This buoy uses the global positioning system (GPS) to determine wave heights and wave directions without the use of an accelerometer.

 

 

Using changes in the frequency of satellite signals received by a buoy as it moves, the on-board software can accurately and quickly calculate how it is moving. 

 

The global positioning system (GPS) receiver inside a wave buoy is similar to the technology used in car navigation systems, with some additional smart processing capabilities.

 

 

A GPS buoy receives a signal from several satellites orbiting the earth and uses these signals to obtain an absolute position on the earth’s surface. Once a buoy has found its initial position, it can then measure relative (local) movement using the GPS Doppler principle.

 

 

 

 

 

How GPS works

A GPS satellite sends a fixed frequency signal to all GPS devices including buoys. If the buoy moves towards the satellite, the signal will be compacted. The signal is received at a high frequency or faster than expected. If the buoy moves away from the satellite, the signal is expanded and will be received at a lower frequency, or slower than expected.

 

This is similar to the way sound waves compress if an ambulance is headed towards you making the siren sound louder and at a higher pitch. When the ambulance is headed away, the sound waves expand with the movement of the ambulance and the siren sounds quieter and at a lower pitch.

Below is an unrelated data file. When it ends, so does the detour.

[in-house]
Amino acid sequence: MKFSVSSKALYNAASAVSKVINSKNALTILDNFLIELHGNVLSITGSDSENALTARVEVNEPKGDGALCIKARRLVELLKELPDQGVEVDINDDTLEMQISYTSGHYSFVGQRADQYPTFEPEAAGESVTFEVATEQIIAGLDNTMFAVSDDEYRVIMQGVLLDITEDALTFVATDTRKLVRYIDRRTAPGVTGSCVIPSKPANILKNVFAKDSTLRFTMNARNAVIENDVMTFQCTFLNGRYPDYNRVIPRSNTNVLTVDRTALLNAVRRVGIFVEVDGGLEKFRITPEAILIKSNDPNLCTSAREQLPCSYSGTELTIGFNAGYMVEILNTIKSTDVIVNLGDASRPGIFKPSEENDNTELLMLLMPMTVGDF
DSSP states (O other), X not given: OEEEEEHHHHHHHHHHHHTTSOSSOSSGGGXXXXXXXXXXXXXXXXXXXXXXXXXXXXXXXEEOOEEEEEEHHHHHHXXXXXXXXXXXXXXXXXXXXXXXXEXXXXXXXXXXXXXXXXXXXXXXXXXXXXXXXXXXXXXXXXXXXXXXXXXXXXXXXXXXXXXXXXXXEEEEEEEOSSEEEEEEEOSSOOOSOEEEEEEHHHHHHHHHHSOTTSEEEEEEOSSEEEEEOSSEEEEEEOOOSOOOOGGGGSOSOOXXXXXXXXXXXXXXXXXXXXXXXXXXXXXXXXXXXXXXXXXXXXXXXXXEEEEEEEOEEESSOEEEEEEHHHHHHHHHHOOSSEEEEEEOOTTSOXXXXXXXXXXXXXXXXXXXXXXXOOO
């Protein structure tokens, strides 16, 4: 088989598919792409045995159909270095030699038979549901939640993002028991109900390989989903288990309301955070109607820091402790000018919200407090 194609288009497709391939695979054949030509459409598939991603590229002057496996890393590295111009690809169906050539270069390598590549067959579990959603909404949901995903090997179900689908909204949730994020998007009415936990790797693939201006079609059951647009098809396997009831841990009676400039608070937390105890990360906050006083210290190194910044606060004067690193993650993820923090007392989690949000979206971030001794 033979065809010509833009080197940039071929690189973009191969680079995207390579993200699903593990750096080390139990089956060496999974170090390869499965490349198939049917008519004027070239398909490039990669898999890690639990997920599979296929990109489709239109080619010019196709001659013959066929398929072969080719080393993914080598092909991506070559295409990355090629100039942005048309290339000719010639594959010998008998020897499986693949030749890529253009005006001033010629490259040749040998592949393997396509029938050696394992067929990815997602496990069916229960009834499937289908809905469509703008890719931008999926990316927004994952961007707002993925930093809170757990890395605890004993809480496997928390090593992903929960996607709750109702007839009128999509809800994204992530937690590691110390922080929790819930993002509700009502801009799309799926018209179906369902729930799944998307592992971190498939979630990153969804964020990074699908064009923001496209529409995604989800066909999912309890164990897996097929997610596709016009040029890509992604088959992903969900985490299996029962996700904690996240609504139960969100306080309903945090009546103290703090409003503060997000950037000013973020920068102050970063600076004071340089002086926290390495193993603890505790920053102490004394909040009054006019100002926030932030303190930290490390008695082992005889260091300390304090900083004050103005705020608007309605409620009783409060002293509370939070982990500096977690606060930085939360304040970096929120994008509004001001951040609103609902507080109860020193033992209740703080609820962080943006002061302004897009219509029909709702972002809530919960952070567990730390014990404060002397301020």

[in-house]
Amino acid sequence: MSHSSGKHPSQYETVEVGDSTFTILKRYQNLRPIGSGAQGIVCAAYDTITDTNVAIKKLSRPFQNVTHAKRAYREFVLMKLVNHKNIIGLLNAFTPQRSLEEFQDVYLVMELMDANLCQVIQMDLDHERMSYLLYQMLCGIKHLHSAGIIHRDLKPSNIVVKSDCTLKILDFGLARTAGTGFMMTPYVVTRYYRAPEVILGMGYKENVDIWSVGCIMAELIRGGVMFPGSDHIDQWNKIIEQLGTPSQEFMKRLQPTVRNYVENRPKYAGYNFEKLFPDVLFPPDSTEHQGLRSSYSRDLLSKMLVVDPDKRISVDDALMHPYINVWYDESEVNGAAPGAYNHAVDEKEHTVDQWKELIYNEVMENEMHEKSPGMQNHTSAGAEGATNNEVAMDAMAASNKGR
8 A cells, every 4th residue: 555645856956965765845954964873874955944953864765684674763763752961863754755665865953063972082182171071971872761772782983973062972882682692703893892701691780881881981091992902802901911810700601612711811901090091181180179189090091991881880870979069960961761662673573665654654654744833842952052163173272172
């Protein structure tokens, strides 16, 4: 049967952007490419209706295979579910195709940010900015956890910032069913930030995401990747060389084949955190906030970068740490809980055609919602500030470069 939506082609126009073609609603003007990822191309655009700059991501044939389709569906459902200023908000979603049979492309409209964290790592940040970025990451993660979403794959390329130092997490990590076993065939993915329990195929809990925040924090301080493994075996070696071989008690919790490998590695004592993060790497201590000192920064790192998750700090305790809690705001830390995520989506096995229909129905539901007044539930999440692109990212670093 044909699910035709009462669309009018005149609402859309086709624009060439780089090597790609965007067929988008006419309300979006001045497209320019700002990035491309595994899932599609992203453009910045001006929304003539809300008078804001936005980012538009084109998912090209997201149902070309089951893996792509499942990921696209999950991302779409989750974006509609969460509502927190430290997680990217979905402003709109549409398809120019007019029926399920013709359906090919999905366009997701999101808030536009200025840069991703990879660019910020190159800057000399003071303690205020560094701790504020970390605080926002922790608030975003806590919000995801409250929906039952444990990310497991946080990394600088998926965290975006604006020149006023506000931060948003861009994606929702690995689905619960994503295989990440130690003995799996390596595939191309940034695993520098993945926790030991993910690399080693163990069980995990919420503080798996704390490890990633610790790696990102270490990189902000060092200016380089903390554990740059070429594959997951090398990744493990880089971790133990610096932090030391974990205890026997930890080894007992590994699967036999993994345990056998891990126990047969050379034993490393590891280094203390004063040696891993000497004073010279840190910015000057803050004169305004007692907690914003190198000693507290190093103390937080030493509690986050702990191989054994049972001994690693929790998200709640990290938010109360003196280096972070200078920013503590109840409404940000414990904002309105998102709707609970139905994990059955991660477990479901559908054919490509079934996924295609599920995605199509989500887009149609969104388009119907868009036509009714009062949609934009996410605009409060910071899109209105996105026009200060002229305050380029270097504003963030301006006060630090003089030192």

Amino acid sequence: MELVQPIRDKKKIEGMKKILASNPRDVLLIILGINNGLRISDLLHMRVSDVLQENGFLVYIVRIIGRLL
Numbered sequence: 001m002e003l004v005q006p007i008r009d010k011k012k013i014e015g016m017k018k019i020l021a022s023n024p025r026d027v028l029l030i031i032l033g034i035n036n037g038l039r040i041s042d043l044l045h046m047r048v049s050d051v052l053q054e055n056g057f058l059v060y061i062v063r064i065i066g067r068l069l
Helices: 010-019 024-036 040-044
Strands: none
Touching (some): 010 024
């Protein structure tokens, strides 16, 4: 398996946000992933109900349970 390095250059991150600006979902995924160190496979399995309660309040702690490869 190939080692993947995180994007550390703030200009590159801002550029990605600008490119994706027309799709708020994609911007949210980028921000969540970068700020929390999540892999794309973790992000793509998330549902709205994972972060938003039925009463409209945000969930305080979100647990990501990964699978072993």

Using these changes in the frequency of satellite signals received by a buoy as it moves, the on-board software can accurately and quickly calculate how it is moving.

 

By monitoring its relative movement using several satellites, the buoy is able to separate its movement into both height and direction with a high degree of accuracy.

Tsunami Waves

Tsunamis are long-wavelength shock waves generated by sudden changes in sea floor in coastal areas. This occurs as the result of earthquakes, landslides as landslides into the ocean or submarine slumps and volcanic eruptions.

 

A tsunami is a series of ocean waves that sends surges of water, sometimes reaching heights of over 30 meters, onto land. These walls of water can cause widespread destruction when they crash ashore. These awe-inspiring waves are typically caused by large, undersea earthquakes at tectonic plate boundaries. When the ocean floor at a plate boundary rises or falls suddenly it displaces the water above it and launches the rolling waves that will become a tsunami. 

 

Tsunami's have very long wave lengths, in the order of hundreds of kilometres in length. In the Pacific ocean, where the depth is around 4300m a tsunami can travel at 800 km/h, a phenomenal speed, almost as fast as the cruising speed of a jumbo jet (893 km/h). 

 

A tsunami’s trough, the low point beneath the wave’s crest, often reaches shore first. When it does, it produces a vacuum effect that sucks coastal water seaward and exposes harbor and sea floors. This retreating of sea water is an important warning sign of a tsunami, because the wave’s crest and its enormous volume of water typically hit shore five minutes or so later.

2004 Indonesia Tsunami. By Animation fournie par Vasily V. Titov, Sous-directeur du Service de Cartographie des Raz de marée et Inondations du NOAA, aux (NOAA) [Public domain], via Wikimedia Commons
The 2004 Sumatra Tsunami. From NOAA via Wikimedia Commons.

Tide Waves